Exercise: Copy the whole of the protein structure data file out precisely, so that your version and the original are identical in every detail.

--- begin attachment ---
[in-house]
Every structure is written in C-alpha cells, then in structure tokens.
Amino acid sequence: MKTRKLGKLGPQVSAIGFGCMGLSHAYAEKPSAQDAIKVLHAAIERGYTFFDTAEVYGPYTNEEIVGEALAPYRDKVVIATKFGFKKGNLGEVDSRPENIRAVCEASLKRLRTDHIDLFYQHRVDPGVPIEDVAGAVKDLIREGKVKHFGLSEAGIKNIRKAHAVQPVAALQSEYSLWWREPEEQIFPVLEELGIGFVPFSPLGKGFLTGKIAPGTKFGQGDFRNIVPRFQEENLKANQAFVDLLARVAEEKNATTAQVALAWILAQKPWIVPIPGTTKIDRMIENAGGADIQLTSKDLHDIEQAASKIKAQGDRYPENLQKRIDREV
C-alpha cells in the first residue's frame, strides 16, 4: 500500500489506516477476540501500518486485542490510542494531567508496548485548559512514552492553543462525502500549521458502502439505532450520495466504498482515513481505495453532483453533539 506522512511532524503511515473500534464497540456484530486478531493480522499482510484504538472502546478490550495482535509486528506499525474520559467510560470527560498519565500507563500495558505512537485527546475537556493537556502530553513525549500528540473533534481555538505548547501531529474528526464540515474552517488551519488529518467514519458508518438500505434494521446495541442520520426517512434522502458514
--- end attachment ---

[in-house]
Every structure is written in C-alpha cells, then in structure tokens.
Amino acid sequence: MKTRKLGKLGPQVSAIGFGCMGLSHAYAEKPSAQDAIKVLHAAIERGYTFFDTAEVYGPYTNEEIVGEALAPYRDKVVIATKFGFKKGNLGEVDSRPENIRAVCEASLKRLRTDHIDLFYQHRVDPGVPIEDVAGAVKDLIREGKVKHFGLSEAGIKNIRKAHAVQPVAALQSEYSLWWREPEEQIFPVLEELGIGFVPFSPLGKGFLTGKIAPGTKFGQGDFRNIVPRFQEENLKANQAFVDLLARVAEEKNATTAQVALAWILAQKPWIVPIPGTTKIDRMIENAGGADIQLTSKDLHDIEQAASKIKAQGDRYPENLQKRIDREV
C-alpha cells in the first residue's frame, strides 16, 4: 500500500489506516477476540501500518486485542490510542494531567508496548485548559512514552492553543462525502500549521458502502439505532450520495466504498482515513481505495453532483453533539 506522512511532524503511515473500534464497540456484530486478531493480522499482510484504538472502546478490550495482535509486528506499525474520559467510560470527560498519565500507563500495558505512537485527546475537556493537556502530553513525549500528540473533534481555538505548547501531529474528526464540515474552517488551519488529518467514519458508518438500505434494521446495541442520520426517512434522502458514